Integrated Health and Dermatology – Powerhouse immune-boosting soup

Throughout the Professional Certificate in Integrated Health and Dermatology, our healthy recipes are aligned with aiding treatment of certain dermatologic disorders. Given the current COVID-19 situation and our approaching winter, the team at the Australasian Academy of Cosmetic Dermal Science thought it would be best to temporarily shift our focus to immune-boosting recipes.

The following recipe is from the amazing Natalie Bennett, who’s also our recipe developer for the Professional Certificate in Integrated Health and Dermatology. Natalie is a food educator, TV presenter and recipe developer.

Her recipe is a powerhouse immunity broth. It’s vegan, simple to digest and allows your body to keep its energy in ‘defense and repair mode’. With the colder months coming on and a big shift to veganism, Natalie Bennett will show you how to make a staple that keeps in your fridge for a week or so and is great to bolster your health and ward off illness. Easy to swallow, should you already be suffering with a sore throat, it’s quite soothing because that turmeric helps to calm your swollen throat. Hydration is also key, so make it tasty. If you do have a fever, warm fluids high in nutrition are beneficial, so if a chicken soup isn’t your thing, this broth will do the trick.

What’s in it for me?

Mushrooms – the soup is made in a mushroom broth (simmering mushrooms for an hour+). Mushrooms contain sulfur rich Ergothioneine, a powerful antioxidant that helps to eliminate free radicals. This is found in high amounts in both button and shiitake mushrooms and has been touted as ‘the new vitamin’. Shiitake is arguably the best immunity superfood because it has an array of vitamins, minerals, and enzymes that are necessary to fuel our bodily functions. It is an excellent choice of mushroom to boost immune system due to its high nutrition density, particularly the vitamin D physicians have advised we need to boost in the face of the current pandemic. Also found is a plethora of B vitamins important for energy, mood regulation and immunity. Folic acid (vitamin B9) and Riboflavin (vitamin B2) fine-tune the activity of MAIT cells (immune receptors). Several minerals that may be difficult to obtain from a vegan diet such as selenium, potassium, copper, iron, and phosphorus — are available in mushrooms. Finally, all 9 essential amino acids are found in these two mushroom types, most usefully tryptophan, threonine, and valine. highest of all enzyme count in shiitake that result in better absorption of our food, as well as most bodily functions.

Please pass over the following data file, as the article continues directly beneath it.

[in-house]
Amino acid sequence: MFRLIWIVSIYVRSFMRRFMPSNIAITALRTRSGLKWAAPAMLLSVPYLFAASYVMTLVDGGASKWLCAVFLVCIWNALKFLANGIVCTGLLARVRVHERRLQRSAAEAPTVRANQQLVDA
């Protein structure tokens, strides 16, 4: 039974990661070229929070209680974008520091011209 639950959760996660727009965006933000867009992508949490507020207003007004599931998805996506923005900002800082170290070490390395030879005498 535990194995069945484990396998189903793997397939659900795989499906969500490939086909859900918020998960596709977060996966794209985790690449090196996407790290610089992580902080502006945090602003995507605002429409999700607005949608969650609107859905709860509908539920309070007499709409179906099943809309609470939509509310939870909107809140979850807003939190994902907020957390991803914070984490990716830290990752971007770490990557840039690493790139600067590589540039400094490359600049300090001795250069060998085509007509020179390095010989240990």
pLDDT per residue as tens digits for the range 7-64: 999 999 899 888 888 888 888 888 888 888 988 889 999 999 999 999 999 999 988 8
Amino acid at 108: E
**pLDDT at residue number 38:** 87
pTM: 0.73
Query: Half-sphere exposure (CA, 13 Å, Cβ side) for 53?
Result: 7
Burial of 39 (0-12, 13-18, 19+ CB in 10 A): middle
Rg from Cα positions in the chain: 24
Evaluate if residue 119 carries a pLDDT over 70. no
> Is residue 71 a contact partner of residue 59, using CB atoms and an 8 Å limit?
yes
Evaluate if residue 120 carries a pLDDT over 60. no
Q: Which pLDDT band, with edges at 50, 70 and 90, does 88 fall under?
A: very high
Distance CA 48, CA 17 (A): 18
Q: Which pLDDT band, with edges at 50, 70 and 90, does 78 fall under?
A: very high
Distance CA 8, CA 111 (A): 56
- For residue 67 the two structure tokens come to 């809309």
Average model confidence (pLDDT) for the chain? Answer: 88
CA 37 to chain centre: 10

Coconut Oil – contains two important anti-viral compounds, lauric acid and caprylic acid. Together these helps ward off bacterial, fungal and viral infections. Also boosts a weakened immune system by improving white blood cell counts.

Garlic – eating garlic can actually boost the number of virus-fighting T-cells in your bloodstream. It also contains alliin which converts to allicin, which is believed to be the major antibacterial compound in garlic though there are more than 100 sulfuric compounds -- powerful enough to wipe out bacteria and infection (it was used to prevent gangrene in both world wars).